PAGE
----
Technical Article

# Understanding Transformer Voltage Adjustment Taps

October 11, 2023 by Ahmed Sheikh

## This article explains transformer voltage adjustment taps and their crucial role in maintaining secondary voltage despite fluctuations in the supply.

The voltage supplied to a transformer primary can vary from the nominal value. Most utility companies will provide voltages within 5% of the nominal ratings; however, a voltage drop within a facility may cause the actual voltage supplied to a transformer below the nominal value by more than 5%. The utility supply may also vary. Supplying the transformer primary with a voltage different than the rated primary voltage results in a secondary voltage either higher than or, in most cases, lower than the voltage required by the load. This can cause the load device to operate improperly or not at all. Computers and other electronic devices are especially affected by voltage variation.

##### Image used courtesy of Freepik

Transformers are supplied with a way to choose the number of primary turns to compensate for these small changes in voltage to solve this problem.

We know that the number of turns in the transformer winding is proportional to the voltage of the winding. If a transformer had a voltage rating of 480 – 120, there are four times as many turns on the H winding as the X winding. If the actual voltage applied to the H winding were 508 V, then the induced voltage on the X winding would be:

$\frac{508\,Volts}{4}=127\,V$

To make the voltage on the X coil equal 120 V, the ratio of turns of the windings must change. The correct ratio would be:

$\frac{508\,Volts}{120\,Voltage}=4.23\,to\,1$

In other words, the number of turns on the H winding must increase as the applied voltage increases to induce the same voltage on the X winding. The opposite is true if the applied voltage decreases:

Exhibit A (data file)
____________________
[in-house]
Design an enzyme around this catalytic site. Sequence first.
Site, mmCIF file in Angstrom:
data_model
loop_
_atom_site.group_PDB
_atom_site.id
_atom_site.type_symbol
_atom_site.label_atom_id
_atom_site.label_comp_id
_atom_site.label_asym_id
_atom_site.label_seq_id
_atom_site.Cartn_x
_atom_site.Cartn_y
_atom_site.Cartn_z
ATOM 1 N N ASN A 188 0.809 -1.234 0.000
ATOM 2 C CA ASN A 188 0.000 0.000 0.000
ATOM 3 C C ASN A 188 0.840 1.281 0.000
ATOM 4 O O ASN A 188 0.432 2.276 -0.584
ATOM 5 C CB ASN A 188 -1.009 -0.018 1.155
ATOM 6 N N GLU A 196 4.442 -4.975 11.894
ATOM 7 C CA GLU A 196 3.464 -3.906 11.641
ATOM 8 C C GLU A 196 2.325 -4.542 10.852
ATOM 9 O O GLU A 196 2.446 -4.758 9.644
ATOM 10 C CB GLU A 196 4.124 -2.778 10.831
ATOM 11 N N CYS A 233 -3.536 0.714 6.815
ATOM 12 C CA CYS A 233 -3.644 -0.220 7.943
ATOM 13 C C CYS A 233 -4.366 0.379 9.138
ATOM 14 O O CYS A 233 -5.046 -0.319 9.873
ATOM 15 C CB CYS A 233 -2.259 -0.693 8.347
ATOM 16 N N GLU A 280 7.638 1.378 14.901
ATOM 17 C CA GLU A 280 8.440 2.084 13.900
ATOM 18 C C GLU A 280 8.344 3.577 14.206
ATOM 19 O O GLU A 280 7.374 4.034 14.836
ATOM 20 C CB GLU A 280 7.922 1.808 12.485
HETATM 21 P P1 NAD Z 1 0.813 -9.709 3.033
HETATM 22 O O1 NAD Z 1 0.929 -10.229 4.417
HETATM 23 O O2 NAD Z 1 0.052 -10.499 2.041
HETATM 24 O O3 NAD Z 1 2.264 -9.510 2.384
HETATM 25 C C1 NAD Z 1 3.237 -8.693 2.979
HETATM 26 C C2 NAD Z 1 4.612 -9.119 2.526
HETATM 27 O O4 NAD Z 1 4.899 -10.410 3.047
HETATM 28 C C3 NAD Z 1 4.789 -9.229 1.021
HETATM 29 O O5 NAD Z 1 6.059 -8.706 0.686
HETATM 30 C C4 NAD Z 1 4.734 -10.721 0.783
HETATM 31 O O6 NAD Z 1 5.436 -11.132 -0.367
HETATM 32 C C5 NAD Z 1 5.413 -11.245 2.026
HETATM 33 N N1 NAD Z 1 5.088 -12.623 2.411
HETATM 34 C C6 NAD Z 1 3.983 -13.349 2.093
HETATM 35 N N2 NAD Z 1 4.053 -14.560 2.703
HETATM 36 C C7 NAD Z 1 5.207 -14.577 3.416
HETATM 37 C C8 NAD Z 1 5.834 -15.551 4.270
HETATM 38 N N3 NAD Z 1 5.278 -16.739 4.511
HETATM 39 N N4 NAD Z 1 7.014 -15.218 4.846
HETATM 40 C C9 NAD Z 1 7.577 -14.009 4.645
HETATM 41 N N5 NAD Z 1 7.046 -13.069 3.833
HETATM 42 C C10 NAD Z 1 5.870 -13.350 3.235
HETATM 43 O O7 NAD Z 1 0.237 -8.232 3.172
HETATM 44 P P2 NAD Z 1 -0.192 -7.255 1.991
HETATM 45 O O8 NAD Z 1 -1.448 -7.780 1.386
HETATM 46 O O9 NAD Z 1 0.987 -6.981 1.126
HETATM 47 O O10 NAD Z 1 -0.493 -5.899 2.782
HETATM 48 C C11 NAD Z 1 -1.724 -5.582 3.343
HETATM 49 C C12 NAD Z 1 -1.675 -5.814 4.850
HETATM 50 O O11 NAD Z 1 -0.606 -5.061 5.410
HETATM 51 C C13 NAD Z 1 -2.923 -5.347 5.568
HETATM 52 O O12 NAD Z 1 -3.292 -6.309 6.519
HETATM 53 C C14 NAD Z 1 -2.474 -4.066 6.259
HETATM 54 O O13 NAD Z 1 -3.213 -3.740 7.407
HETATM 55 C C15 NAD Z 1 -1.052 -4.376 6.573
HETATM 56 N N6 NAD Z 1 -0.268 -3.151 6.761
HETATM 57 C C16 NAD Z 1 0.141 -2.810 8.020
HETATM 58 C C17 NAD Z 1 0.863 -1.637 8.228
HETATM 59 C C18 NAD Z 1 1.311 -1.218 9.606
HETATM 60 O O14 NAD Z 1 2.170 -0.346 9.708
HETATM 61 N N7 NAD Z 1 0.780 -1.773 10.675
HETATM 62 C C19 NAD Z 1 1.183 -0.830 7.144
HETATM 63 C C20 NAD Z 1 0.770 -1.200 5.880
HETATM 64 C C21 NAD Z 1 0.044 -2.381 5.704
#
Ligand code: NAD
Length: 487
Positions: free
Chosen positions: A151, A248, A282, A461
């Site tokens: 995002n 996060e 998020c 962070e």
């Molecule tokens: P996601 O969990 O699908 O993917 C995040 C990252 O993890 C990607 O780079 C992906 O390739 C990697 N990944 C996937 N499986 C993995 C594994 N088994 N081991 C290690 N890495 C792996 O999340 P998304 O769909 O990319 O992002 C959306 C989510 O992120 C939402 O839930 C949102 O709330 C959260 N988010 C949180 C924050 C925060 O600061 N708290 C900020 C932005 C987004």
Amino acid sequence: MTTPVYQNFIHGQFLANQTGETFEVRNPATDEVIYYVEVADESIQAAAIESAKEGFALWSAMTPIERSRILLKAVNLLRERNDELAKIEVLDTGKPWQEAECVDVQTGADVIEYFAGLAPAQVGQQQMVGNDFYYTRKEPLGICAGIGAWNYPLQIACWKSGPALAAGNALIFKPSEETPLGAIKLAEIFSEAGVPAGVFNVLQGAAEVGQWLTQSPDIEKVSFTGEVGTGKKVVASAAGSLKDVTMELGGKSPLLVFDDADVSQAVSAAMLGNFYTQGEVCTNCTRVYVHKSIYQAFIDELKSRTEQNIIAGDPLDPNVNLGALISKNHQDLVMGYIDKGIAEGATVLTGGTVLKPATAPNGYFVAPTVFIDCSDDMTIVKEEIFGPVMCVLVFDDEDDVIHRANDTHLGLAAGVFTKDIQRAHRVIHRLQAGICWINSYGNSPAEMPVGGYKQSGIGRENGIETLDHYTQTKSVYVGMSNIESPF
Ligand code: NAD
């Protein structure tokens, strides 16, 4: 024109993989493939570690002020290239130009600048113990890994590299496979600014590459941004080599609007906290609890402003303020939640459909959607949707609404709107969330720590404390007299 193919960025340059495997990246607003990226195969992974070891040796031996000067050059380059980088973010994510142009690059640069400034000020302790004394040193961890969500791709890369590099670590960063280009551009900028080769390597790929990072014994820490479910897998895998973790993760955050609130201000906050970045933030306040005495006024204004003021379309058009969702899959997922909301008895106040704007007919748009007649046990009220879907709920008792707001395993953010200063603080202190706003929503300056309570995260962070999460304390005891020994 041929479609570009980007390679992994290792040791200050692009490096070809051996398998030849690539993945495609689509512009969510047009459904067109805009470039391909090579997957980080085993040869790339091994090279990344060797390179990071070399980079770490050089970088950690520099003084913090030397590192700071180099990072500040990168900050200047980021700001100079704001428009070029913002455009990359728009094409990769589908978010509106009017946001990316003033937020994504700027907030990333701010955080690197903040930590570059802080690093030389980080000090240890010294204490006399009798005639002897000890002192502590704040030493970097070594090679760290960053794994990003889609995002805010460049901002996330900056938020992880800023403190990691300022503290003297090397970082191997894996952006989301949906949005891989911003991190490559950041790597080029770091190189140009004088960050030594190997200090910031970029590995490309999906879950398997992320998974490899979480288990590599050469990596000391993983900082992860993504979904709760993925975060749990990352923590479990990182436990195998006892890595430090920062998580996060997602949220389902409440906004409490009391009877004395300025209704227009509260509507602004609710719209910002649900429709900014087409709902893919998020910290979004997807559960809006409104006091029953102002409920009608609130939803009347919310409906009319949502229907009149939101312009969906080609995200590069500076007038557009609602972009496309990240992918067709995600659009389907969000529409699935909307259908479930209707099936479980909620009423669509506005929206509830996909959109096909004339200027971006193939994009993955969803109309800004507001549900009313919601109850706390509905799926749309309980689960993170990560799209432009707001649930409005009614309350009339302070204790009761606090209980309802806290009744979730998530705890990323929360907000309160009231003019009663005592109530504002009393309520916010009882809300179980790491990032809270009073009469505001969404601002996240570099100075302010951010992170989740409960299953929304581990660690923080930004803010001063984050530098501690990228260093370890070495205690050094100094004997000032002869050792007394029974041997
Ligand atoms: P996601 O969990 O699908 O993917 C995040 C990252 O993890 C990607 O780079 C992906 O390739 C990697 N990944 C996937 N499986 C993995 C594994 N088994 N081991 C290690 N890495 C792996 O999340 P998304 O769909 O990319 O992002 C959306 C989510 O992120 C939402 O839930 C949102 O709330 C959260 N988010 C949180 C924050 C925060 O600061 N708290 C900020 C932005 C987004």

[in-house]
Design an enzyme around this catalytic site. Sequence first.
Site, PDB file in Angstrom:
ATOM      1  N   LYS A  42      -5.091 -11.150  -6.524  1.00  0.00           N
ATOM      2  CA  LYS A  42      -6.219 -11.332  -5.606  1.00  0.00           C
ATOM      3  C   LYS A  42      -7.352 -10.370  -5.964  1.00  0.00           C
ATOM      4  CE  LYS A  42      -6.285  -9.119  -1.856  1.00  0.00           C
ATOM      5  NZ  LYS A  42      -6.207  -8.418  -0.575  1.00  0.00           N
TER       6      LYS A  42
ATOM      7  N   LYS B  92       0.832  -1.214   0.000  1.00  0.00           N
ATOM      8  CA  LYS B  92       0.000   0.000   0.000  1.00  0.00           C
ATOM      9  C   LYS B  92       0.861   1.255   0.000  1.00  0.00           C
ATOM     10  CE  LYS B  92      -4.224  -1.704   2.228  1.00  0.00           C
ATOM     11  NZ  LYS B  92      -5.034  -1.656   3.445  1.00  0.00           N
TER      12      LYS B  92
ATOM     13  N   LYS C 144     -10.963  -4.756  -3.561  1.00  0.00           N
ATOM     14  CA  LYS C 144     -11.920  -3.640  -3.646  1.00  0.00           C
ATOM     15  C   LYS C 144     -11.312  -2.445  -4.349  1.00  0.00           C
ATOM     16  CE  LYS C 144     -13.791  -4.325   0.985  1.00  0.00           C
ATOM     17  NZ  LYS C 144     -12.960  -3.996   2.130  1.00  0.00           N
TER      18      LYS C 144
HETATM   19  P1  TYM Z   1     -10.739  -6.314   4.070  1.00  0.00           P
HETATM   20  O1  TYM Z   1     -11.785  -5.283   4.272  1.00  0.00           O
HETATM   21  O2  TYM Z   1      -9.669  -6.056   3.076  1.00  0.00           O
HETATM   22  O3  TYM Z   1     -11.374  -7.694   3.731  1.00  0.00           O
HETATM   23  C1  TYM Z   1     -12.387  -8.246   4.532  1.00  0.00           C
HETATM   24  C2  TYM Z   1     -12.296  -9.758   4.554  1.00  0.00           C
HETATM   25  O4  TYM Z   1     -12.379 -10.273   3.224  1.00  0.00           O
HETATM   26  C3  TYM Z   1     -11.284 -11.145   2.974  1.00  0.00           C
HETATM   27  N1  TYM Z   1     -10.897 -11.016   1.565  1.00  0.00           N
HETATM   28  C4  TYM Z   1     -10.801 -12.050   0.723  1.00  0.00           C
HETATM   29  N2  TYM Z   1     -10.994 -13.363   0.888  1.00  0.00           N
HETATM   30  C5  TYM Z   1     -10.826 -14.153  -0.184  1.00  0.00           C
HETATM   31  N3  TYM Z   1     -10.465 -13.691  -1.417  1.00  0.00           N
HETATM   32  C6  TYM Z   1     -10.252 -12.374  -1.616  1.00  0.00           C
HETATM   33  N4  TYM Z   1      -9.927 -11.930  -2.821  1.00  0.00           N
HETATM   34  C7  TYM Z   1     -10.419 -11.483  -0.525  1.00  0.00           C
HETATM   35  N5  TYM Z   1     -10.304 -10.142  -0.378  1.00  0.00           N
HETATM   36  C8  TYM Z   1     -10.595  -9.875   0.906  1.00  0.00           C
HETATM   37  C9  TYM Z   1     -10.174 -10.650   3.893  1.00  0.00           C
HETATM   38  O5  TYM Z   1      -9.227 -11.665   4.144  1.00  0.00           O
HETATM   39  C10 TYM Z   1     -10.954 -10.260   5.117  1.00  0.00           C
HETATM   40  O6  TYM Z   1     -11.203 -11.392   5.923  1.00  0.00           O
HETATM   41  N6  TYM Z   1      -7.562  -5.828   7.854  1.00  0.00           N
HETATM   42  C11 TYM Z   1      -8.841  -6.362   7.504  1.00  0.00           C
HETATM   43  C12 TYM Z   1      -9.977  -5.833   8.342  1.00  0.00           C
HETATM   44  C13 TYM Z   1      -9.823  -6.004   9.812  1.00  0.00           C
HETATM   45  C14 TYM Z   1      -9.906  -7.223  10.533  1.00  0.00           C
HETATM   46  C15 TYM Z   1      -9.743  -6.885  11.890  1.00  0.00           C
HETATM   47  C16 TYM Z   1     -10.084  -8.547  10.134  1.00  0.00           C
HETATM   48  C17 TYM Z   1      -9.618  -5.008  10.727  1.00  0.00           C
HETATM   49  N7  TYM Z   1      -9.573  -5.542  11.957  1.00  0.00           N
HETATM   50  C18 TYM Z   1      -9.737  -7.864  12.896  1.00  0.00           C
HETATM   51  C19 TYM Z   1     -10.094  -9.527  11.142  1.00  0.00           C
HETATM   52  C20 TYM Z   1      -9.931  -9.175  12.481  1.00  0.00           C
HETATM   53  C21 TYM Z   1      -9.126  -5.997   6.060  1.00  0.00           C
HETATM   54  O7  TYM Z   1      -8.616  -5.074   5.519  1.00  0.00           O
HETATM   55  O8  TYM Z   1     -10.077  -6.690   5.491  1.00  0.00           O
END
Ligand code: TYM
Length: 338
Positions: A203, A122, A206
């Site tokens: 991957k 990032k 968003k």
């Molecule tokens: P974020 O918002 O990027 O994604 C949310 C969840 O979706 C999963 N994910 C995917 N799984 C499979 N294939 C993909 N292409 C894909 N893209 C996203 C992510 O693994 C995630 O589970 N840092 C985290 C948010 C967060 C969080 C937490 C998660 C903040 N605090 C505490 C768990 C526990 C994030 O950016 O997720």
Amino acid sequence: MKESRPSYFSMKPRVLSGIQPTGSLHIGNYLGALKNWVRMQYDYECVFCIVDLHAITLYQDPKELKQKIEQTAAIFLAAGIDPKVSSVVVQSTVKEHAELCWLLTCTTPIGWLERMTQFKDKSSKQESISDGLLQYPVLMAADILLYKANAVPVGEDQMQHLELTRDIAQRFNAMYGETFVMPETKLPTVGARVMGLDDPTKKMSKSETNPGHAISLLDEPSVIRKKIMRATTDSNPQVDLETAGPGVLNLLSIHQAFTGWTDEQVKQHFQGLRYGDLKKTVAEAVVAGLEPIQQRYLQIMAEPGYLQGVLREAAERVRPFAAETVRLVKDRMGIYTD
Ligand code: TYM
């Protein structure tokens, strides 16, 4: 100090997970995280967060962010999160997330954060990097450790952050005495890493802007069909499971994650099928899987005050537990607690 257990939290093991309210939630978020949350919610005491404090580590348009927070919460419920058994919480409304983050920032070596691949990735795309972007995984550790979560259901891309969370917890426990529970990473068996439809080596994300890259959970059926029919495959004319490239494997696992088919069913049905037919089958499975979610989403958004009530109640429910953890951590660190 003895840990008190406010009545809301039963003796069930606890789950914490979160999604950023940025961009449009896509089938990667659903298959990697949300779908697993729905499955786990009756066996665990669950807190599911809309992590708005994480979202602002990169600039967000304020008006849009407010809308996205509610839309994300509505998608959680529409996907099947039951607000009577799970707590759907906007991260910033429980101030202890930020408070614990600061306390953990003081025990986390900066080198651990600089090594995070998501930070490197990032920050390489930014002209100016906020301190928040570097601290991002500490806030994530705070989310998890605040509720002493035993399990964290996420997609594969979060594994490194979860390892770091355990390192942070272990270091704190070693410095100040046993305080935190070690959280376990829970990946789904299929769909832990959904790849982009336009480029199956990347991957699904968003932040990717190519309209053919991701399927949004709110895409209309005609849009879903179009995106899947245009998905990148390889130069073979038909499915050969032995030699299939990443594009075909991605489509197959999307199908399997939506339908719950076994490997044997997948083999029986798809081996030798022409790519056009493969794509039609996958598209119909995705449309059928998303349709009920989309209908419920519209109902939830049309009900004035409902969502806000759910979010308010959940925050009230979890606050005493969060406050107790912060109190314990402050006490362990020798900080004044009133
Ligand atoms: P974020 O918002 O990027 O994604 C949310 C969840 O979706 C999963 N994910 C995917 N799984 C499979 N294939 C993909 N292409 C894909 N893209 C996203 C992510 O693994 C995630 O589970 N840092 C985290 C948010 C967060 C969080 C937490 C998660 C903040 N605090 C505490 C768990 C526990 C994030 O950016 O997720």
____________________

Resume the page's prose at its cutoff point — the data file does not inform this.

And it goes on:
$\frac{454\,Volts}{4}=113.5\,V$

The correct ratio is:

$\frac{454\,Volts}{120\,Voltage}=3.78\,to\,1$

To provide rated secondary voltage even with variations in supply voltage, transformers are provided with different numbers of turns on the primary windings that are accessed by use of taps called voltage correction taps. These taps are normally designed to correct voltage variations in 2.5% increments and are referred to as FCAN (full capacity above nominal voltage) and FCBN (full capacity below nominal voltage) taps. The transformer connected with the proper tap will result in the correct secondary voltage at full load amps if the supply voltage is 2.5% above or below nominal voltage values.

Many transformers will have more than one tap for voltages above or below nominal values. For example, a transformer may have 2 2.5% FCAN and 4 2.5% FCBN taps, so the transformer can supply the proper output voltage if the supply voltage is as high as 5% (2  2.5%) above nominal or as low as 10% (4 2.5%) below nominal values. The taps are located at various places along the H winding, so there are more or fewer turns for higher or lower voltages.

### Selecting the Correct Tap

To choose the correct tap, determine the percentage variation of your supply voltage above or below the nominal voltage.

If the supply voltage to a 480 – 240 transformer is 468 V, which tap should be chosen if the transformer has 2 – 2.5% FCAN and 4 – 2.5% FCBN taps?

Find the percentage difference of the supply vs. the nominal voltage:

$\frac{468\,Volts}{480\,Voltage}=97.5\%;the\,difference\,is\,2.5\%,so\,use\,the\,tap\,for\,2.5\%$

#### Tech Tip

When choosing the correct tap, remember the rated voltage of the tap means that the secondary voltage will be at or above the nominal voltage when the supply voltage is equal to or greater than the rated voltage of the tap voltage.